#1
My guitar and bass amps are at a bandmates house. So, I've gotten creative and have been playing guitar and bass through my home theater system.

Guitar > effects pedals > 1/4" splitter > dual 1/4" to RCA adapter > 50 watt A/V Audio amp > 5.1 system

It sounds surprisingly GREAT. Before I got the splitter, I was only playing in Mono (left speaker only), and it was still good. In fact I'm thinking about replacing my cheapo home audio setup, and upgrading to a much better, and higher wattage 5.1 system. Perfect for home.

The small speakers kick ass, and there's plenty of headroom for guitar. Not so much for bass. But the 6" sub gets low low lowwwww.

Only downsides I see:
Bass is quiet, and needs to use quite a bit of the 50 watts (understandable)
Cannot gig with this, or practice with rest of band.


Anyone else do this? What are the thoughts on this? I have a great MXR 10-band Equalizer that I prefer more than any of my amps' EQ's... And the rest of the effects and sounds, I rely on the pedals, never the amp.
#2
I'm intrigued by this. When a friend bought a guitar of mine and didn't have an amp we connected the guitar through some cheapo micro amp to his sound system and it sounded all right, but he never used it after that. I've always wondered about using a good sound speaker and what makes a guitar amp speaker different or more suited for guitar.
#3
I don't own an amp. I just plug my electric into my PS4 and fire up Rocksmith 2014. I use my home theater for an "amp", and it sounds 100% kickass.
#4
Quote by dthmtl3
I'm intrigued by this. When a friend bought a guitar of mine and didn't have an amp we connected the guitar through some cheapo micro amp to his sound system and it sounded all right, but he never used it after that. I've always wondered about using a good sound speaker and what makes a guitar amp speaker different or more suited for guitar.


I think tradition more than anything has dictated guitar amp speakers and cabinets.

Generally electric guitars are pretty well confined to a specific frequency range which is heavily oriented toward mids. So amp makers really didn't spend a lot of time and money designing cabinets and speakers that were efficient at producing a full range of frequencies like a stereo system.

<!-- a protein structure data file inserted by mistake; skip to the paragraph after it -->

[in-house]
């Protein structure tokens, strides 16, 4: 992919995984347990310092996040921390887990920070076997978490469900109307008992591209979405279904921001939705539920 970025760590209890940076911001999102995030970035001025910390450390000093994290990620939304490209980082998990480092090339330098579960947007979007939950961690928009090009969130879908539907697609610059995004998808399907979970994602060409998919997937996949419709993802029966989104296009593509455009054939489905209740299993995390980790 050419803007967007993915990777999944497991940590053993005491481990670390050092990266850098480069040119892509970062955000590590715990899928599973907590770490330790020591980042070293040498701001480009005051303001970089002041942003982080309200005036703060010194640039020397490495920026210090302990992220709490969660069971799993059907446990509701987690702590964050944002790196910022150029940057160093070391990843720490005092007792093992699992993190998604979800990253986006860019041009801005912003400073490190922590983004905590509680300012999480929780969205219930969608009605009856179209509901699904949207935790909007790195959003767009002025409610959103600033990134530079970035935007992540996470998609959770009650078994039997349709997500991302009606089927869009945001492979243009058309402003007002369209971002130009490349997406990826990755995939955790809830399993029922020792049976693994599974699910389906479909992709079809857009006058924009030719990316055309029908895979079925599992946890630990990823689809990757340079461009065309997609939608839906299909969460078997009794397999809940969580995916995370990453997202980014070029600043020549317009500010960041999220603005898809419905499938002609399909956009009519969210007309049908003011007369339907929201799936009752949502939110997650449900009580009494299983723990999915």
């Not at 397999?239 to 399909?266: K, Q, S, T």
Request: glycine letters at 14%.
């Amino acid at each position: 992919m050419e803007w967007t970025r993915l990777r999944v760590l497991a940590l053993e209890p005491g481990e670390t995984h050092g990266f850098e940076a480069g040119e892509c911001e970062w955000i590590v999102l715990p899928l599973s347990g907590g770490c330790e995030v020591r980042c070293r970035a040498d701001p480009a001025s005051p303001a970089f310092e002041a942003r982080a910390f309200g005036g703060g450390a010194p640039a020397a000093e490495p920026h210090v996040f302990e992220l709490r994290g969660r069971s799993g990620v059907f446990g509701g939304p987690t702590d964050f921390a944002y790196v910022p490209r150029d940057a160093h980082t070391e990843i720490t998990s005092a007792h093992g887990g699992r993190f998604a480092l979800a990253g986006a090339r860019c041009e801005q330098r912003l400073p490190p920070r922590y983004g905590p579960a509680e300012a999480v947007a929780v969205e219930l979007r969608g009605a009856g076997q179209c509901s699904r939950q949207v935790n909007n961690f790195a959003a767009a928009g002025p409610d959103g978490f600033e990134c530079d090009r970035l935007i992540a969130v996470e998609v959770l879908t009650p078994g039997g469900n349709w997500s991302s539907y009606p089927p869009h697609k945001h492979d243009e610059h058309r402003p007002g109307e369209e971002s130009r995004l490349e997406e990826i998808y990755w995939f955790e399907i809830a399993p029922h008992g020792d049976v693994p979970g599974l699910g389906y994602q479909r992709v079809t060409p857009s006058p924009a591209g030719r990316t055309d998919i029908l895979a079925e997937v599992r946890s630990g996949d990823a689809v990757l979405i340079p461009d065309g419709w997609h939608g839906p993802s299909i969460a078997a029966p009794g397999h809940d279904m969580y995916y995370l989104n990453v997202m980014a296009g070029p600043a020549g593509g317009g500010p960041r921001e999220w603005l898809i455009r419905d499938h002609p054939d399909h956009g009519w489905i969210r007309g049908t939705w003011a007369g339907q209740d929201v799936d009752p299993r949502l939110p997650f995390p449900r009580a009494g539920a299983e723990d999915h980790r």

The fact is the vast majority of guitar amp cabinets are pretty rudimentary designs when compared to state of the art audio, pro audio, and live PA speakers. This has prompted many people, including myself, to move to full range flat response (FRFR) type powered speakers for live perfomances. It's really not about getting more frequency range for the guitar, but gaining the efficiency, clarity and articulation that a FRFR speaker can provide...in effect getting rid of the mushiness.

You'll notice the same effect if you have a home studio setup that uses pro audio speakers which use much of the same type of design as do powered PA speakers.
#5
I've played it through my car stereo like that. I've got a little $5 female to male 3.5 adapter and just plug it in. TBH it sounds like reheated guano but it works in a pinch and it's a handy way to test the electronics in a guitar I might be looking to buy or trade from someone.
#6
In general an amplifier is an amplifier and speakers are speakers - except when you decide to overdrive the signal in the amplifier. Then the amplifier distorts and the speakers, which were selected expecting the amplifier to remain in its linear (undistorted) range, get far more energy in certain frequencies than their design can tolerate. That can sound bad, and damage the speakers (usually the tweeters get more energy with distorted signals than their rating). If you play too loud in bass frequencies the excursions can damage the woofers.

Otherwise, if you like the tone you are getting *and* you get distortion from an effects unit and *not* from the amplifier/speaker system itself, then go for it and enjoy.
#7
I had to sell my amp when I moved to Alberta, so I picked up a line 6 POD with the floorboard and play through headphones or my 5.1 surround. It does the job for at home jamming and practice.
#9
I use recording monitors with bias fx on ios. (Yamaha hsm-5). Also with headphones. Sounds very good, though a tube amp would be best if I could play loud
We're just a battery for hire with the guitar fire
Ready and aimed at you
Pick up your balls and load up your cannon
For a twenty one gun salute
For those about to rock, FIRE!
We salute you
#10
Quote by 21GunSalute
I use recording monitors with bias fx on ios. (Yamaha hsm-5). Also with headphones. Sounds very good, though a tube amp would be best if I could play loud


I have a small office and the 212 tube amp was taking up too much room. guitar-->pedals--> audio interface --> studio monitors or headphones sounds pretty good for just practicing. Not as full as the 212, but that is always out in the main basement for when I want to crank it up.